Architect Julian Bonder, Professor at Roger Williams University will explore ideas and concepts about memory, public space, art and architecture. His presentation will include various projects that memorialize catastrophes, historic traumas and human injustices.
The 2019 Spring Life of the Mind Salon Series continues on Wednesday, April 17 when famed watercolorist Hugh Buchanan shares his approach to painting classic architectural building and landscapes. He is renowned for his detailed draughtsmanship and treatment of light and shadows in interiors, and for a breathtaking sense of depth and space that is reminiscent of the work of Cotman and Piranesi.
Joseph Rusnak, Assistant Programs Director at the Redwood, discusses the causes that led Colonial New England to its first Indian War. In 1621 the Pilgrims of Plymouth Colony and their neighbors, the Wampanoag Indians, sat down in what we recognize as the first Thanksgiving. Fifty years later In 1675, the feelings of good cheer over and New England found itself in an armed conflict the likes of which it would not see until the American Revolution, King Philip's War.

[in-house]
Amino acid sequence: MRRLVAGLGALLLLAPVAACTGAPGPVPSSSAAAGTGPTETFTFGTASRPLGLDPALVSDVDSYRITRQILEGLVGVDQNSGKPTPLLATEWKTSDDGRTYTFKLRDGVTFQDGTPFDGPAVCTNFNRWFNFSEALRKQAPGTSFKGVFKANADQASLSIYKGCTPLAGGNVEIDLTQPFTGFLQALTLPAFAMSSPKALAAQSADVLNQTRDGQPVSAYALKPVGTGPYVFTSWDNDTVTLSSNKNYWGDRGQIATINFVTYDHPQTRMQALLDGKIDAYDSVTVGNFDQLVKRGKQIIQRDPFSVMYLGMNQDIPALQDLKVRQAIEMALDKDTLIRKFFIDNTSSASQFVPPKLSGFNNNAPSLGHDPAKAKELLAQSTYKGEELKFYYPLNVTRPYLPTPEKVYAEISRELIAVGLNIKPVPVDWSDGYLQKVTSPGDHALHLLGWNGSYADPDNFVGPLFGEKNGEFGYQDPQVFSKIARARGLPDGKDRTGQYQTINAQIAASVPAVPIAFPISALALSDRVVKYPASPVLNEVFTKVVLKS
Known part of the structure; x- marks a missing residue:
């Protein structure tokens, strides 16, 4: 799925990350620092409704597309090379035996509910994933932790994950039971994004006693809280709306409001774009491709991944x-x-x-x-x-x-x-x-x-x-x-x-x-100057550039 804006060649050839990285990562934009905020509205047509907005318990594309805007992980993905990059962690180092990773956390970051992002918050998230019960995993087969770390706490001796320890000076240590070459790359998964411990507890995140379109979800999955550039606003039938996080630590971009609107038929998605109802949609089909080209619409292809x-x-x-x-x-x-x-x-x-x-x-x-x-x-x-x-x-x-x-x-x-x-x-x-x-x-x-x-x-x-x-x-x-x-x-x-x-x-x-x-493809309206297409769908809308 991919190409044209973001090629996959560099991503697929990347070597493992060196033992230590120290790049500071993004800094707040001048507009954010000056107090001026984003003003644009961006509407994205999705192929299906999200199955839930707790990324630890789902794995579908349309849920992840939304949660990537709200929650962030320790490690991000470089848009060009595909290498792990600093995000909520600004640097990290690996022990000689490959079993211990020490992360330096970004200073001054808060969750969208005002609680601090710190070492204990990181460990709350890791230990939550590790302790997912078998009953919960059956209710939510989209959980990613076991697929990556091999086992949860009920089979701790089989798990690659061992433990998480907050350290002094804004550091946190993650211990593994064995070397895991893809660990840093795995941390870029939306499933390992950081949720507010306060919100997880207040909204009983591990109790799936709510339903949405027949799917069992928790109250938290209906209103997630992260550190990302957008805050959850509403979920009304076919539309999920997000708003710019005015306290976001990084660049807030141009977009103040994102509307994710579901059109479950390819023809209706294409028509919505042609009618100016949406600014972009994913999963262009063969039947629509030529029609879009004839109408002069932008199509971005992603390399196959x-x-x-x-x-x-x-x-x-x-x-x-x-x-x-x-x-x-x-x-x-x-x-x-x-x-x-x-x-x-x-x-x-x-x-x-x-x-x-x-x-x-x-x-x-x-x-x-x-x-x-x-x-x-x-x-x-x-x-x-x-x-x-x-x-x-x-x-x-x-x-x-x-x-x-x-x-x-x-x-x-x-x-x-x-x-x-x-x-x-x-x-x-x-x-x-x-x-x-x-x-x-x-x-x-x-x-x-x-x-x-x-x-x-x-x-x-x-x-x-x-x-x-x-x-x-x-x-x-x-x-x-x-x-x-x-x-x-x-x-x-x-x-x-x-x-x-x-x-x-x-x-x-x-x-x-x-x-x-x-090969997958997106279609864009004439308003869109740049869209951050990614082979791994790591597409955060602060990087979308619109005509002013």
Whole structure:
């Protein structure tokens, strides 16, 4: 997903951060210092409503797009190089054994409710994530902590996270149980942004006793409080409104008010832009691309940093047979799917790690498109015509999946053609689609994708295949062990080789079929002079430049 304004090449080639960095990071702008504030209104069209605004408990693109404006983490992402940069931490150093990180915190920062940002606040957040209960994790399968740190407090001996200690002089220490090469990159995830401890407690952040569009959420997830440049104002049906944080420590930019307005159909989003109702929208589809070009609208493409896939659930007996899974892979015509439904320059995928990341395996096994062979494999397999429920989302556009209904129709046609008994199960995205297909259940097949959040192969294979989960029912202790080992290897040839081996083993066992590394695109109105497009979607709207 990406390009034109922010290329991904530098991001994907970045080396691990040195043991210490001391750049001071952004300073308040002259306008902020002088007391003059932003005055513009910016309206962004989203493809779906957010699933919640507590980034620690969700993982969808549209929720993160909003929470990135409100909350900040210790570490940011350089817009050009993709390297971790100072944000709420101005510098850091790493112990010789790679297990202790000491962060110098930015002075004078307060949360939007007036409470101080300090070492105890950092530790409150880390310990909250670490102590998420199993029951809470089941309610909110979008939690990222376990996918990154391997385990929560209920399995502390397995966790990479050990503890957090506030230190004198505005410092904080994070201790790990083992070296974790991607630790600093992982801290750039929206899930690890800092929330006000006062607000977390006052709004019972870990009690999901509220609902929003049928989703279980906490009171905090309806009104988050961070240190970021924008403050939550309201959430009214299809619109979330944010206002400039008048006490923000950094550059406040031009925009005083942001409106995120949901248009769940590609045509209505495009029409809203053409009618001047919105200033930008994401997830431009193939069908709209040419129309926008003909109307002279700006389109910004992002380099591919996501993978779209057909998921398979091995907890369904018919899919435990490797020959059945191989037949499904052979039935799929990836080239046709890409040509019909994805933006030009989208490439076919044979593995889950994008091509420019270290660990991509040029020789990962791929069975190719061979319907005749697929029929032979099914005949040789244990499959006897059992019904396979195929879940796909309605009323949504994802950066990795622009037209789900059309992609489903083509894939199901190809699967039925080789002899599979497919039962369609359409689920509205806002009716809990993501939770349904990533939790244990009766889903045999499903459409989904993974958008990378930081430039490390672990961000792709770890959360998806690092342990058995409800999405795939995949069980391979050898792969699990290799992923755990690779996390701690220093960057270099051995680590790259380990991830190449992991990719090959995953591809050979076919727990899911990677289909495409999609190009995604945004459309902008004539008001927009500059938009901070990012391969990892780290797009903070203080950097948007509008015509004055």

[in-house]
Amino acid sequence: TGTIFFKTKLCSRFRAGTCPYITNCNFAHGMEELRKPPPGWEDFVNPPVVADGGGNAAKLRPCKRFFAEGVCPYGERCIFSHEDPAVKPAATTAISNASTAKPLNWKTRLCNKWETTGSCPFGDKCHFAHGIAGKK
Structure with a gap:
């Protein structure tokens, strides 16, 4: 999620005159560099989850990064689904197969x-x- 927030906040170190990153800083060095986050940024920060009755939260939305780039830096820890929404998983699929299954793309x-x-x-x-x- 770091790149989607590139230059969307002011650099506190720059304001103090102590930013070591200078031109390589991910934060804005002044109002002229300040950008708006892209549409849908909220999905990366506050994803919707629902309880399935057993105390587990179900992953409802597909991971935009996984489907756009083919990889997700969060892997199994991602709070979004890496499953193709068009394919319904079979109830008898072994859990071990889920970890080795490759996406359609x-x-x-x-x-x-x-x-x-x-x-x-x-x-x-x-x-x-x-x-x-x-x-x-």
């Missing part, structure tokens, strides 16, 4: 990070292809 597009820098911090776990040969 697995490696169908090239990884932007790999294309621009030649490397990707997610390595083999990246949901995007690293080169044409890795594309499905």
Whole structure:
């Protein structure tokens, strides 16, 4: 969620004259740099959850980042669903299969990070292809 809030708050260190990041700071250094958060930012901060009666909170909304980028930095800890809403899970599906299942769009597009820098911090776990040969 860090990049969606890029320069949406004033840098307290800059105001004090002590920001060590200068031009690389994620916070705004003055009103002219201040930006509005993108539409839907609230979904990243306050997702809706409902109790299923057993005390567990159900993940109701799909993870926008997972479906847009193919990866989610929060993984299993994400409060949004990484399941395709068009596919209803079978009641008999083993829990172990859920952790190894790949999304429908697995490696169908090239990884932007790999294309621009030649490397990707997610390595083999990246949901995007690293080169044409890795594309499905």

Join us for a public forum presenting plans for Newport’s new Spring Park. The discussion will be led by the Historic Spring Leadership Committee which has, since 2013, confronted the daunting challenge of transforming Newport’s oldest and most complex intersection from a Superfund Site into a celebration of Newport's founding principle, Religious Freedom.
The 2019 Spring Life of the Mind Salon Series concludes on Wednesday, May 8 when professor Donna Harrington-Lueker explores the beginning of summer reading and the backlash against it. A prominent nineteenth-century preacher branded summer reading as “literary poison in August.” Today, though, the practice is celebrated as lists like O magazine’s “Best Summer Reads” take center stage. Books for Idle Hours: Nineteenth-Century Publishing and the Rise of Summer Reading, explores the
The 2019 Spring Life of the Mind Salon Series continues on Wednesday, April 3 with author Kurt C. Schlichting telling the story of the Manhattan waterfront as a struggle between public and private control of New York’s priceless asset. Nature provided New York with a sheltered harbor but presented the city with a challenge: to find the necessary capital to build and expand the maritime infrastructure.